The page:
This is the modern Western version of women covering their hair in public which is still practised in many Eastern cultures. In many cultures, often for religious reasons, women’s hair is covered while in public, and in some, such as Haredi Judaism or European Orthodox communities, women’s hair is shaved or cut very short, and covered with wigs. Only since the end of World War I have women begun to wear their hair short and in fairly natural styles.
In certain circumstances like the Spanish Civil War (1936-1939), the winners of each battle raped, beat and shaved the head of the women of their enemies as a way of shaming them and their families, especially the men. Hair was apparently a weapon to use against the women, as was the almost ritual raping, but it seemed never to be about the women, who were relegated to mere instruments of retaliation.
Another thing closely related is age. Women ‘of a certain age’ are considered past their prime physically so at some subliminal level they are expected to disengage from their sexuality and their femaleness, as the primary mission of femaleness is producing offspring. People can rant and rave, deny it, but this is still very much an issue in society nowadays. There’s even a growing ‘cult to the child’ in which both men and women praise the glories of parenthood and look suspiciously at those who do not think, as they do, that childbearing and rearing are the height of self realization.
As I see it, women are encouraged to hide their woman-ity, the full power of their feminine strength, their wisdom. If you make your hair more manageable, you will seem more competent to others. The only reason for long, wavy hair is vanity, and that is not what ‘good women’ promote. Good women do not seek attention for themselves. They keep neat hair, well groomed, because a disheveled woman is frowned upon by many, but just that. No sign of coquettishness.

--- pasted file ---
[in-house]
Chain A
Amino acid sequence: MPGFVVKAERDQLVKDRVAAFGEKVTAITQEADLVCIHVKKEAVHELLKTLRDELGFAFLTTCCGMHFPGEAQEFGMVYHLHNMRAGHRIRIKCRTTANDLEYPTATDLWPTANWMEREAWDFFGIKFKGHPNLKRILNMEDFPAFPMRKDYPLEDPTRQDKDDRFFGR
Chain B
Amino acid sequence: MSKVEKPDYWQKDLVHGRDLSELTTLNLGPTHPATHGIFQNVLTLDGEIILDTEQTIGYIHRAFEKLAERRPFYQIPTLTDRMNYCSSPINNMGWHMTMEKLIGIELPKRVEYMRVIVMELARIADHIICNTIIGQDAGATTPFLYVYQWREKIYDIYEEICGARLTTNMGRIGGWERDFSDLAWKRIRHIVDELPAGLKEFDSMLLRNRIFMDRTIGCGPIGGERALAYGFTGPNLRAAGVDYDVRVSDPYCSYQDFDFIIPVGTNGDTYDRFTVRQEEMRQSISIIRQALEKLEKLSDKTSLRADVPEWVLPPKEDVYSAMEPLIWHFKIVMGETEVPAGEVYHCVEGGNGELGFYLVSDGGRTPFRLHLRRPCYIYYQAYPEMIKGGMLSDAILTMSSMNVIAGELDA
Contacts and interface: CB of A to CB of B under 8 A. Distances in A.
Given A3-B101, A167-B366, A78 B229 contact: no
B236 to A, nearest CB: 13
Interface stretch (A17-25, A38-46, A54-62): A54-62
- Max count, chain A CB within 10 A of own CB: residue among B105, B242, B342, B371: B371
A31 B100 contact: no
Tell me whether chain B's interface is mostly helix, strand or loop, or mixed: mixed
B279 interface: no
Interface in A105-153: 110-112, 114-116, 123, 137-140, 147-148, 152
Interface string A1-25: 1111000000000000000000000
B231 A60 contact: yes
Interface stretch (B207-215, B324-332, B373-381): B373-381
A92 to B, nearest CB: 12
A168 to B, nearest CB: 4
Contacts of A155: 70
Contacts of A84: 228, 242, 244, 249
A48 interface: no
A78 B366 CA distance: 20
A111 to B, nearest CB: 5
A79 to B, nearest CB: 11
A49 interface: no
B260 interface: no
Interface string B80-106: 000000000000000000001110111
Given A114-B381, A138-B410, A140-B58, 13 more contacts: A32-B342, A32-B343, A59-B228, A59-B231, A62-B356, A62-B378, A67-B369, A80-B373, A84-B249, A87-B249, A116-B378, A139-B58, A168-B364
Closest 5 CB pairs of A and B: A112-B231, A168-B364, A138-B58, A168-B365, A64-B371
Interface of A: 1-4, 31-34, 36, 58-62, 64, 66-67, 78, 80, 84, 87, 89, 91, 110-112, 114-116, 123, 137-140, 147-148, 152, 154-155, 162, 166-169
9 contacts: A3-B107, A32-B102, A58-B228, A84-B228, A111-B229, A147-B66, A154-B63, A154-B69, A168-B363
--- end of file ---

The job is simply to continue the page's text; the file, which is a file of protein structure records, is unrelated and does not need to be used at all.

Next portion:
Throughout history, people have worn their hair in a wide variety of styles, largely determined by the fashions of the culture they live in. Hairstyles are markers and signifiers of social class, age, marital status, racial identification, political beliefs and attitudes about gender.
Why is it that women’s hair leads back to men and society and even children but not to women themselves? Why is it that even an external, easily changeable physical trait is linked to what others think, believe, want or expect?
I’ve been the busy mom trying to juggle her family with her own life and mostly failing to find time for herself. After a few years, you end up forgetting what you’d like or if you’d like something different and you just settle for comfort even if you feel unsure about it because the demands your life makes just don’t give you time to consider too many options, if any.
I know where it leads: a limbo where you are only a mother, that person who does everything for everyone but herself. It reaches a point where you forget your essence, your femininity. In fact, you even consider it a setback in some aspects.
That’s why I decided to remind myself that I was worthy and womanly by letting my hair grow. I proclaim my identity as a woman who is not afraid of being truly a woman, in every aspect. It is a privilege not everyone can attain, for as Simone de Beauvoir said, ‘You are not born a woman, you become one.’